The world is aging, and with it comes an increase in age-related diseases, such as cardiovascular impairments, sense organs weakness and failure, and respiratory ailments. As medicine extends the life of those afflicted by these conditions, it also necessitates greater assistance in the form of medical devices – which come with additional challenges for elderly users.

Medical breakthroughs, including vaccines, mean that causes of illness have drastically moved away from communicable diseases, such as measles, to non-communicable diseases, such as respiratory illness and cardiovascular complications. This means that the greatest threats to the health of the elderly are increasingly likely to be from these conditions, which require constant monitoring and assessment.

But with this rising demand for around-the-clock monitoring is coupled with a growing scarcity of health care resources, as the aging population increases and for many countries worldwide, cuts are being made to public health systems. For this reason, the global IoT growth market is expected to post a compound aggregate growth rate of 25.2%, reaching US$63.43 billion by 2023. Another study found that the global market for medical devices is expected to exceed US $ 500 billion by 2021.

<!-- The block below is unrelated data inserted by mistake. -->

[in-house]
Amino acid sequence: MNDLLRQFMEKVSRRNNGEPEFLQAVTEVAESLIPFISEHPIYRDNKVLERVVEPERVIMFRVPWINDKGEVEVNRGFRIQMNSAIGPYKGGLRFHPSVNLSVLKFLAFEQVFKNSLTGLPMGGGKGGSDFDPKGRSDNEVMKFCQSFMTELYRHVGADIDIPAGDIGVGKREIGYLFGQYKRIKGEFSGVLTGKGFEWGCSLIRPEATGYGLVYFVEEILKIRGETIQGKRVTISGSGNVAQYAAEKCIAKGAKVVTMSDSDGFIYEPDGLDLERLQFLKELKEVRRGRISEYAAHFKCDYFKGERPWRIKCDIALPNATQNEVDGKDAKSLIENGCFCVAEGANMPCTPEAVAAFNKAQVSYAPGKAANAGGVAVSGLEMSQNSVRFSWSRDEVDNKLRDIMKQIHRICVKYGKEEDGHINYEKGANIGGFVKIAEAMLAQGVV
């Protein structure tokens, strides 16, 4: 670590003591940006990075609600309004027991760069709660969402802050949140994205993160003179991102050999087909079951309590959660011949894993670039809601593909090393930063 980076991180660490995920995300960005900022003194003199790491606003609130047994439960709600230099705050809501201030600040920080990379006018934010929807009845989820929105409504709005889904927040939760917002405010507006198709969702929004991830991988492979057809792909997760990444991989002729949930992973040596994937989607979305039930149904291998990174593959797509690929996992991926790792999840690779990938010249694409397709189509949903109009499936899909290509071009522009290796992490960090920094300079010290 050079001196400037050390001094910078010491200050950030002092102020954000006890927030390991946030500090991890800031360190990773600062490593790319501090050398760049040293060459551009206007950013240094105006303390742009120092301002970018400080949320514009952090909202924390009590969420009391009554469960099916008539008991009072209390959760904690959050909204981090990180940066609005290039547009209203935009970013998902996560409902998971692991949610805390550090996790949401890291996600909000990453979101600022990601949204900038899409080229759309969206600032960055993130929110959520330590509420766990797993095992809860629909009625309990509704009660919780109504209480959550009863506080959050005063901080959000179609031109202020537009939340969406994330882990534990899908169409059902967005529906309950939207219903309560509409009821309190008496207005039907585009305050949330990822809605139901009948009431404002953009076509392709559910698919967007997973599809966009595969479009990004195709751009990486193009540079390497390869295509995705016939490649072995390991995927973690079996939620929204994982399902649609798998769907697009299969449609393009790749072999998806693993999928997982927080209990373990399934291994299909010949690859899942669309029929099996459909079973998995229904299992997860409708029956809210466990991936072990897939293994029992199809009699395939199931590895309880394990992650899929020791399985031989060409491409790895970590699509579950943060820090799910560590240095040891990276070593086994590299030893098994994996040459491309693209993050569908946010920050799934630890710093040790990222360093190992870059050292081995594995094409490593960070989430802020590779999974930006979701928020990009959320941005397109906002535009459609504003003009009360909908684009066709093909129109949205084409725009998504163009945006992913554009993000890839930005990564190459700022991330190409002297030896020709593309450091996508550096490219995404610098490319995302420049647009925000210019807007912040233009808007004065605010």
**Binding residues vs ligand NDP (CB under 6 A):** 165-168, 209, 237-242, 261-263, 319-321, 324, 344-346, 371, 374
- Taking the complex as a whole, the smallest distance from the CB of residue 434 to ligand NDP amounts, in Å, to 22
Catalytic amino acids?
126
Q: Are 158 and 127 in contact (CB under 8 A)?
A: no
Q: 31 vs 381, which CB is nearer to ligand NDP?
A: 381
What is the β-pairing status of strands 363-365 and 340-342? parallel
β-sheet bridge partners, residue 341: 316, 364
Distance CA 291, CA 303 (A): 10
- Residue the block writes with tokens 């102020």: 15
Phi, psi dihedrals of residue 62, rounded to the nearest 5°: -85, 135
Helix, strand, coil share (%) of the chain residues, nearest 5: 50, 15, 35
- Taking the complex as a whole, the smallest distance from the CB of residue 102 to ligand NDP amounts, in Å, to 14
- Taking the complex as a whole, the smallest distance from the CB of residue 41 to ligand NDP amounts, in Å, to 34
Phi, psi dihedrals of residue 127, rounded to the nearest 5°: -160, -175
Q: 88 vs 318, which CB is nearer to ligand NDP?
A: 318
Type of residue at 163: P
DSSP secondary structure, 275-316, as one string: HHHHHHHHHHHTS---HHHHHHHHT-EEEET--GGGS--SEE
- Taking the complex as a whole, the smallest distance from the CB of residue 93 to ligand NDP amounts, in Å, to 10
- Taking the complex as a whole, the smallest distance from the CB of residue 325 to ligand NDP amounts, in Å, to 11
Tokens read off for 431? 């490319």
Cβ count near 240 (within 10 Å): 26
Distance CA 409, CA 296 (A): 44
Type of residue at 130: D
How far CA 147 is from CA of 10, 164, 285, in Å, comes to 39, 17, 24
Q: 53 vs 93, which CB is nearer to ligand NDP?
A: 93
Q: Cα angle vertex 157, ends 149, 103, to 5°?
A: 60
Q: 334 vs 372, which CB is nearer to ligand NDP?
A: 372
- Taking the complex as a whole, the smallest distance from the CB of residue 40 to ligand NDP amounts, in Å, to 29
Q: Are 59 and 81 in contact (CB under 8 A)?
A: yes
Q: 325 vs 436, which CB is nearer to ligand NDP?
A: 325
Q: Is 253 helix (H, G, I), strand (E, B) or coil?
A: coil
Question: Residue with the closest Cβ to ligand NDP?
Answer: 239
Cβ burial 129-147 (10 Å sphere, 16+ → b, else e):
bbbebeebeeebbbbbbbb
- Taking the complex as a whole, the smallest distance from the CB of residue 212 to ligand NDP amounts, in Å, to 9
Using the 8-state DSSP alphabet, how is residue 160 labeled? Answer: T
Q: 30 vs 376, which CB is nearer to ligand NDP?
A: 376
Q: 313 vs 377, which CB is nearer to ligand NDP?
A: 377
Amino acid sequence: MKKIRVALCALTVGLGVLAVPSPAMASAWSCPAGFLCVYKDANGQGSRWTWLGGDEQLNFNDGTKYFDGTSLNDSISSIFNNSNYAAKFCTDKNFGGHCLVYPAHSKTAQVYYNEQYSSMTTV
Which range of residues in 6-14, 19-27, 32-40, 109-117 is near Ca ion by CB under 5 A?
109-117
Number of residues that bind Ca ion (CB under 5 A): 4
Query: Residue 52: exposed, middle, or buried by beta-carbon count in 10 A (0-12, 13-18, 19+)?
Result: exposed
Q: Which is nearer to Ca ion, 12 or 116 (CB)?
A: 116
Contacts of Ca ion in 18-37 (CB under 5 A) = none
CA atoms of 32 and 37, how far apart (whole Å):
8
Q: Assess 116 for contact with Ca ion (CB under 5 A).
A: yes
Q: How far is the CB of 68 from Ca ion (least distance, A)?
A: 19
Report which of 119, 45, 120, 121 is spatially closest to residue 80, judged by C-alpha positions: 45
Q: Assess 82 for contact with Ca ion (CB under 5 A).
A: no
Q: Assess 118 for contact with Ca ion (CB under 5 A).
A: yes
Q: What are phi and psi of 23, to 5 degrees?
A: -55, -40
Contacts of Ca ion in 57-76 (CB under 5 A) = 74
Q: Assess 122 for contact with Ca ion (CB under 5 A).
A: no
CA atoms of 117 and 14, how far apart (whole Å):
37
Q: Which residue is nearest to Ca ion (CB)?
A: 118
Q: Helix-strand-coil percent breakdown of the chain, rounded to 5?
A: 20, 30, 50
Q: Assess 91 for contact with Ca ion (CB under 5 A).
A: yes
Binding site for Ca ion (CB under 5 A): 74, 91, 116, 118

These devices, though helpful in tracking patients’ symptoms and responses to medication, have another benefit: the ability to detect falls, and alert emergency services if a fall occurs. Falls are the leading cause of death among those 65 and older, as it can cause fractured bones, internal bleeding, and trauma to the brain.

The health of the elderly is fragile, and must be monitored without interruption.

Because elderly patients are in great need of constant monitoring, due to the potentially severe repercussions of non-communicable diseases and falls, it is absolutely necessary for them to have faith in their medical devices. A medical device without a sustained and constantly renewable source of power is of very little use to them, or to the medical care professionals who monitor their geriatric patients.

That worry will soon be put to rest, with Mithras Technology’s development of an energy harvester which powers wearable medical devices from energy generated by your own body. By harvesting energy created from the difference in heat between your internal body temperature and the external environment, this technology will enable all health-monitoring applications worn by the elderly patient to continue without interruption, ensuring round-the-clock monitoring and security.

This technology also relieves responsibility from the elderly patient to be in charge of ensuring his or her medical devices are powered sufficiently, by constantly recharging them. Many elderly patients are forgetful, or suffer from advancing neurological disorders, which makes it difficult for them to remember important tasks, or whether they have engaged in these tasks.

With Mithras Technology, they no longer need to be concerned about battery levels.